Energy and Utilities

Energy National Policy Statement enters new era in the UK

Published on 28th Nov 2023

The government has set out its updates in the Autumn Statement to support its drive to net zero

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Planning has been the "talk of the town" in recent weeks, with the government's Autumn Statement on 22 November involving an array of planning updates, including to the energy National Policy Statement (NPS).

The NPS set out the "need case" for different technologies and infrastructure, covering the competing issues that face nationally significant infrastructure projects (NSIPs), while seeking to balance these in the context of granting consent.

Updated NPS

In late 2021, the Department for Business, Energy & Industrial Strategy (BEIS) undertook a consultation for proposed updates to the NPS, which were last published – "designated" – in 2011). BEIS' replacement, the Department for Energy Security and Net Zero (DESNZ), undertook a further consultation on 30 March 2023. Osborne Clarke led the National Infrastructure Planning Association working group in its response to government on the updated NPS. DESNZ finally published the updated NPS alongside the Autumn Statement on 22 November 2023.

The NPS have been considered in NSIP schemes in their draft form for the past two years as "important and relevant" considerations under section 105 of the Planning Act 2008. The impending legal designation of the NPS will provide greater clarity and weight for consideration at the application and consenting stage, while solidifying the position for renewable energy providers.

Transitional provisions

The NPS will only have direct legal effect for development consent applications accepted for examination after the date of designation. This means that the 2011 suite of NPSs will continue to have effect for any application accepted for examination before designation of the 2023 amendments, and the designated NPSs will be left as "important and relevant" considerations (under section 105) for existing applications already accepted by the Planning Inspectorate for England, awaiting examination, in examination or awaiting decision.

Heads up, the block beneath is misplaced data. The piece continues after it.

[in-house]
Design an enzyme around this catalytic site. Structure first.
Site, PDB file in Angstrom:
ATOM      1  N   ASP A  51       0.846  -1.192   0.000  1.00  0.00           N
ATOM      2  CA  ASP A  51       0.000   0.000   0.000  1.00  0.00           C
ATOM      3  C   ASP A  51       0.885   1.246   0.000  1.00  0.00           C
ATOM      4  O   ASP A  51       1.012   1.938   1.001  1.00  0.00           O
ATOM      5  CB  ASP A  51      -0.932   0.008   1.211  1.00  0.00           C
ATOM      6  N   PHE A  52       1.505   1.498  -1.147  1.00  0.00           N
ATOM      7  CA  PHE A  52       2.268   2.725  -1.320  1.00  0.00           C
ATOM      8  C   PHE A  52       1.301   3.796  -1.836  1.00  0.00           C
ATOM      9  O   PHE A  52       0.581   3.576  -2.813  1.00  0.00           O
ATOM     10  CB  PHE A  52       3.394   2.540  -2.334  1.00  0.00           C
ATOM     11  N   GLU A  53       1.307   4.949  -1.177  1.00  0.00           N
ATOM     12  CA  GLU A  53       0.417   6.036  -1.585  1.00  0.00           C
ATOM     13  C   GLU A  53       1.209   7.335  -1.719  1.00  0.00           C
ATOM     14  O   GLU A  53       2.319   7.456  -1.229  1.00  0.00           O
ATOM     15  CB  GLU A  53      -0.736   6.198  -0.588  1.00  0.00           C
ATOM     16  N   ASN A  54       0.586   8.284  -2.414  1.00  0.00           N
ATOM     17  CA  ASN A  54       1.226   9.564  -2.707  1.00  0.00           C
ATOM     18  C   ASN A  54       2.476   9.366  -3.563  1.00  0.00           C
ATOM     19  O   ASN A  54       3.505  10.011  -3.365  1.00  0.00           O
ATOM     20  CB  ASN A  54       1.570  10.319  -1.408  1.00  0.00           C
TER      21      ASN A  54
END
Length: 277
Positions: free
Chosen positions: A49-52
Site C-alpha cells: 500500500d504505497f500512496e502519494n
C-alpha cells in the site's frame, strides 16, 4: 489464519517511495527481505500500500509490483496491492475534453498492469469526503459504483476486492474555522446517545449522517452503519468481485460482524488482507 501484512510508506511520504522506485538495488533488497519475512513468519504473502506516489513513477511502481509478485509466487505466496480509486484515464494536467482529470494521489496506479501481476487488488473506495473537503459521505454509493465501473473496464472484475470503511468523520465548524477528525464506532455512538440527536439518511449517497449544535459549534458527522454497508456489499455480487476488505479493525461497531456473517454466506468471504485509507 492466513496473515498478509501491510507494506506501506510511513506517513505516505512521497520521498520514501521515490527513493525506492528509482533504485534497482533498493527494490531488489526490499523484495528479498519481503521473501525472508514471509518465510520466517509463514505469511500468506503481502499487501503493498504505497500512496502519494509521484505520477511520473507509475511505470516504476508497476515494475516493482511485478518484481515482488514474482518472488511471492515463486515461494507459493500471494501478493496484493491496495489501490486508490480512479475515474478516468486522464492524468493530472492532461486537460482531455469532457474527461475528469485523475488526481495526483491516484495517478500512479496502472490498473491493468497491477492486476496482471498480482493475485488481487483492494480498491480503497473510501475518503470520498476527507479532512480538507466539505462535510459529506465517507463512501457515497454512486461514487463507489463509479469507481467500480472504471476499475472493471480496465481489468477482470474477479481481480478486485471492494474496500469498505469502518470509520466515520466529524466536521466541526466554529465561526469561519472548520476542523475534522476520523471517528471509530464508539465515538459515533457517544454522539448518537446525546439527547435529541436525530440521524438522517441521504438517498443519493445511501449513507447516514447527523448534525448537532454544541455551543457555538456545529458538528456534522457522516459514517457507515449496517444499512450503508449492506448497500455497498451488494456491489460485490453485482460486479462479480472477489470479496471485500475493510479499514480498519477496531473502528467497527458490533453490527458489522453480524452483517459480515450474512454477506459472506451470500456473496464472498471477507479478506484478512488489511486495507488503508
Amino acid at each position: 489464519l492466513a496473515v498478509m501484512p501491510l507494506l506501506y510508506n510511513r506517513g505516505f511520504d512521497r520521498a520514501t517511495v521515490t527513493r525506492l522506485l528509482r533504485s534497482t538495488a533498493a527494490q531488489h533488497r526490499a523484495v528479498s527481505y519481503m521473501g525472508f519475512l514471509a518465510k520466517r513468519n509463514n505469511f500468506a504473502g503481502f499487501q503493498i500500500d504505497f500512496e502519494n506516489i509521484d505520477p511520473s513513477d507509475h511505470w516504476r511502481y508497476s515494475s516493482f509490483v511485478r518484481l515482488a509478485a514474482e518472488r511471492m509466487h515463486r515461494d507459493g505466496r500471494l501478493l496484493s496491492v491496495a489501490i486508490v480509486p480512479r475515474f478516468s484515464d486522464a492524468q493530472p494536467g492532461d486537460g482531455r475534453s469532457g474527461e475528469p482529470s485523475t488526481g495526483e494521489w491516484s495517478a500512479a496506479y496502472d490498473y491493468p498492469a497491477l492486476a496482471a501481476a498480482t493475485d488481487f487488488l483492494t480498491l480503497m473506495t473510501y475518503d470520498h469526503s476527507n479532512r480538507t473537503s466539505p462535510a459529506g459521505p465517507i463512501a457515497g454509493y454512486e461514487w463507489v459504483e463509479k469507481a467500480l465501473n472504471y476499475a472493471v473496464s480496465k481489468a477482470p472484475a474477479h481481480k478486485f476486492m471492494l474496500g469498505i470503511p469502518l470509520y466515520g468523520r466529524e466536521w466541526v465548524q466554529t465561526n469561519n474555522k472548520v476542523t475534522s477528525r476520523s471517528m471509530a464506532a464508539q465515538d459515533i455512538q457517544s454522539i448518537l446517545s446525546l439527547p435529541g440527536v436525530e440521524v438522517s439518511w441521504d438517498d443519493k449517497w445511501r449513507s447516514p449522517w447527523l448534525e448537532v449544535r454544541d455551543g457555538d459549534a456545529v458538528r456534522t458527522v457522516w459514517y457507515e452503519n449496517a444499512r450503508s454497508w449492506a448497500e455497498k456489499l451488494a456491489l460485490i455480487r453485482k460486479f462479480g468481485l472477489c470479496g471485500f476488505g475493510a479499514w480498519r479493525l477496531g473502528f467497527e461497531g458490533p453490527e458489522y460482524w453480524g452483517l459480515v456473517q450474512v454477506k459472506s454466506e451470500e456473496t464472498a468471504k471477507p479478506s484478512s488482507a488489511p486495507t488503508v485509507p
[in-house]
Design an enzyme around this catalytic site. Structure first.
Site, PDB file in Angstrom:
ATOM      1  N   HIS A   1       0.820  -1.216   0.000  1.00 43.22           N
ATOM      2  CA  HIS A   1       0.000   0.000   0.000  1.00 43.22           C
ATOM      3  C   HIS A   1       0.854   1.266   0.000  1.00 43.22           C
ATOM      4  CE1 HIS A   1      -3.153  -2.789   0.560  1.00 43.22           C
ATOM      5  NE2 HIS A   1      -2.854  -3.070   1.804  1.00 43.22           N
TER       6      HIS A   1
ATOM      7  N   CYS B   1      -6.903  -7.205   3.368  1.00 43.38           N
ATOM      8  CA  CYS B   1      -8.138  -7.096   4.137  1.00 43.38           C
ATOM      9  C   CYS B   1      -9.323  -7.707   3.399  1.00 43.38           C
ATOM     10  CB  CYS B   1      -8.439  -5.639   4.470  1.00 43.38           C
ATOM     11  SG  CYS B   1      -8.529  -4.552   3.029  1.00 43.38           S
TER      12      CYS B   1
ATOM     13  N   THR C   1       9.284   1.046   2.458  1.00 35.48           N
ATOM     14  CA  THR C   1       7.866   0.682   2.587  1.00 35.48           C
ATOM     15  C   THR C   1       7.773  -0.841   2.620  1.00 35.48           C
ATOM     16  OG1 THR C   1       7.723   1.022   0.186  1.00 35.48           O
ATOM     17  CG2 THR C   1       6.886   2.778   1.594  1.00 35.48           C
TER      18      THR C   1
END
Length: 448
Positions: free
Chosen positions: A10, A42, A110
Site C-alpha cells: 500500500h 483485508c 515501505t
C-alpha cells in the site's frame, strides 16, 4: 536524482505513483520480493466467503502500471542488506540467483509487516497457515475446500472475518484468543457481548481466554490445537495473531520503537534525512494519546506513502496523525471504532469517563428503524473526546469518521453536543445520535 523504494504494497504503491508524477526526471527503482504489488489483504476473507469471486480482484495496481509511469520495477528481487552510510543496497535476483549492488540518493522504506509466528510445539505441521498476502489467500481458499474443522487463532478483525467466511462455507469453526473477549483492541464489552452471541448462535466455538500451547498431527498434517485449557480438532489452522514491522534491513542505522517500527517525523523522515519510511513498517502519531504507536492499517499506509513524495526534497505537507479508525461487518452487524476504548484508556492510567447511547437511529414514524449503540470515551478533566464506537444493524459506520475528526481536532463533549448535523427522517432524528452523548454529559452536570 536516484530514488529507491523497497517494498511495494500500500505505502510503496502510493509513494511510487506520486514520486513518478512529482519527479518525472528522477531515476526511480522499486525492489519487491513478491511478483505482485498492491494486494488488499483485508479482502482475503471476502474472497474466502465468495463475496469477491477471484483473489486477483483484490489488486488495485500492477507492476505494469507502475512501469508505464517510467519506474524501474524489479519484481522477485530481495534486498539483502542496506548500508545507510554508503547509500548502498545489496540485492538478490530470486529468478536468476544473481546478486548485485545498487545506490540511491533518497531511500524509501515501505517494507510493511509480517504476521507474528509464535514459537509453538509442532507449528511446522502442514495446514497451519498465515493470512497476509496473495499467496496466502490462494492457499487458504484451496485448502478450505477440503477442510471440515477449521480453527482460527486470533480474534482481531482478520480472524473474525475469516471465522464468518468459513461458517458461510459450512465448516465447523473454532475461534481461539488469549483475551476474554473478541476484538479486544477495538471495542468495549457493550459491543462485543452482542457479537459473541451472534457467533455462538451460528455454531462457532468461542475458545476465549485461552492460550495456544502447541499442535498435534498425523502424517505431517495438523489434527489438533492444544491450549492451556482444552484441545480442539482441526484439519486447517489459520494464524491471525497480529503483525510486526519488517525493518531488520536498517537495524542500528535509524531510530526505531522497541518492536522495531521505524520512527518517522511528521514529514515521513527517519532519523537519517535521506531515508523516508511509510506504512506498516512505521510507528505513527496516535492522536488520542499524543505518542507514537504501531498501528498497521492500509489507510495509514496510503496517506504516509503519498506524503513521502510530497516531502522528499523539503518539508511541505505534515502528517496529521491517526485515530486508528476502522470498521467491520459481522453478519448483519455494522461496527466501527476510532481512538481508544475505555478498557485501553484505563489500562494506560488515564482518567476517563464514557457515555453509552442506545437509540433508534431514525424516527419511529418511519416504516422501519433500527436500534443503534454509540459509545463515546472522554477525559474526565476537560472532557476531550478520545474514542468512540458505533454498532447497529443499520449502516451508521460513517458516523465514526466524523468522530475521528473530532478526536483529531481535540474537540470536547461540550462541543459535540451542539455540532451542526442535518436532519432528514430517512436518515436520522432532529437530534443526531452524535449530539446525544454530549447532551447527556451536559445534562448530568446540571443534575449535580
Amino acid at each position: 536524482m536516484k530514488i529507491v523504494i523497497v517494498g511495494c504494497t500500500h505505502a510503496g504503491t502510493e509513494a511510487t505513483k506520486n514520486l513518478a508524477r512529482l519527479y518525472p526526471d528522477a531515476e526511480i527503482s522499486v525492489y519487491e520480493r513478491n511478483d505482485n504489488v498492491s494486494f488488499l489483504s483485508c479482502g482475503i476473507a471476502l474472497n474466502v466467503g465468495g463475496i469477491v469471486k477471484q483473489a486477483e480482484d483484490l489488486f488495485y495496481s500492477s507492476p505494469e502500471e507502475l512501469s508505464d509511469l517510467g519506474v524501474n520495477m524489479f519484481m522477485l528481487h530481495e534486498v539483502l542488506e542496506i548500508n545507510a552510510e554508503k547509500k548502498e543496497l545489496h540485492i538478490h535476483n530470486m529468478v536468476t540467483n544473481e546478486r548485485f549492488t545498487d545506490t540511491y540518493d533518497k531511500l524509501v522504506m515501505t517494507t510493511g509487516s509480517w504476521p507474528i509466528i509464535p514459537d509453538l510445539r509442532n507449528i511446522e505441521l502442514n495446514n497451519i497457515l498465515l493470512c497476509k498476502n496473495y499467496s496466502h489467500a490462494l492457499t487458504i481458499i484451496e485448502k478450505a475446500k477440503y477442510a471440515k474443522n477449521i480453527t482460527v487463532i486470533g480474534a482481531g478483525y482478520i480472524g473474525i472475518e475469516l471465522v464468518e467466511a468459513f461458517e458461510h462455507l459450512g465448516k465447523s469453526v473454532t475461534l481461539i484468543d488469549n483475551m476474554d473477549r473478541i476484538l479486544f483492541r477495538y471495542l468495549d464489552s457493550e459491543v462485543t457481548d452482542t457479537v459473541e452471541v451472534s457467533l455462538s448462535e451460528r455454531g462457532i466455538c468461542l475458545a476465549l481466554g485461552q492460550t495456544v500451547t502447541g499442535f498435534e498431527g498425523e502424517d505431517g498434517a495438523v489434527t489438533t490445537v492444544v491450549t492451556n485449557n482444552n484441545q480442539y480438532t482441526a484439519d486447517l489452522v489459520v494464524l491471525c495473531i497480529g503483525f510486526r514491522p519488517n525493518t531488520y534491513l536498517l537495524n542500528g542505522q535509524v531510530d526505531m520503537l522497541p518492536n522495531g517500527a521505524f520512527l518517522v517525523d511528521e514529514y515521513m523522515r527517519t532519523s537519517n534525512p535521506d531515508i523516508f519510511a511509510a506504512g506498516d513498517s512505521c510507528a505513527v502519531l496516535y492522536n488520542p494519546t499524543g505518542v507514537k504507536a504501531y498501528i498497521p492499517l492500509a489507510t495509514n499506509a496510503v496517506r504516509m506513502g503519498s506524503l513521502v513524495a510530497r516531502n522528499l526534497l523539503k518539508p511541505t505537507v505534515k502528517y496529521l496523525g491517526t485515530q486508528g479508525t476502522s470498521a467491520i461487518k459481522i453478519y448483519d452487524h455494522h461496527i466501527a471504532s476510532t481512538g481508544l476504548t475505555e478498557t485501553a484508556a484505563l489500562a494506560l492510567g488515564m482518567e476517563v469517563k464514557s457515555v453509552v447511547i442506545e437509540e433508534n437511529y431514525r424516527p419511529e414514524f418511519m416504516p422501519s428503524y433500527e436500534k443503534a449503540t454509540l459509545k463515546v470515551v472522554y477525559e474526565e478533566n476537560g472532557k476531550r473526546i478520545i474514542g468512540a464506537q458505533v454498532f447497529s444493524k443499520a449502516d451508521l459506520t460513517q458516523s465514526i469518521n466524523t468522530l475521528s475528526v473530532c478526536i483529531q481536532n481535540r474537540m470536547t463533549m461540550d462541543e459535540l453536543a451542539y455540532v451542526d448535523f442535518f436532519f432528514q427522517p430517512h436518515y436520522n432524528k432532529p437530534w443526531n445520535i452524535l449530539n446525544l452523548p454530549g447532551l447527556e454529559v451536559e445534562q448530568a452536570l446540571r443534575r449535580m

Autumn Statement and November changes

With the aim of recognising and resolving the delay in approving infrastructure projects, the reforms were focused on speeding up infrastructure delivery in the near and longer term.

While announcing the finished revisions to the NPS, the Autumn Statement explicitly recognised the decade delay of the NPS. As a result, the government committed to the NPS for energy, water and national networks being reviewed every five years. This is a welcome objective given that, when the original NPSs were introduced in 2011, solar projects over 50MW were not considered viable. Yet as little as four years later, solar development consent order (DCO) projects such as Cleve Hill and Little Crow were being progressed. Similarly, in 2020, the offshore wind sector did not envisage that in the near-term offshore turbines would be more than 400 metres tall, but these are currently being proposed.

There were sweeping changes from 2011, and even from the spring 2023 consultation drafts, with some significant developments put in place.

CNP definition widened

The NPS for energy (EN-1), which focuses on overarching considerations, includes a new and fundamental concept of critical national policy (CNP) infrastructure. This definition has been updated to cover low-carbon infrastructure, which includes:

  • all onshore and offshore generation that does not involve fossil fuel combustion for electricity generation;
  • all power lines in scope of EN-5 (the electricity networks NPS) including network reinforcement, upgrade works and associated infrastructure for electricity grid infrastructure;
  • for other energy infrastructure, fuels, pipelines and storage infrastructure, which fits within the normal definition of “low carbon”;
  • energy infrastructure under the NSIP regime and/or under section 35 directions which fits within the normal definition of low carbon (such as interconnectors); and
  • lifetime extensions of nationally significant low-carbon infrastructure, and repowering of these projects.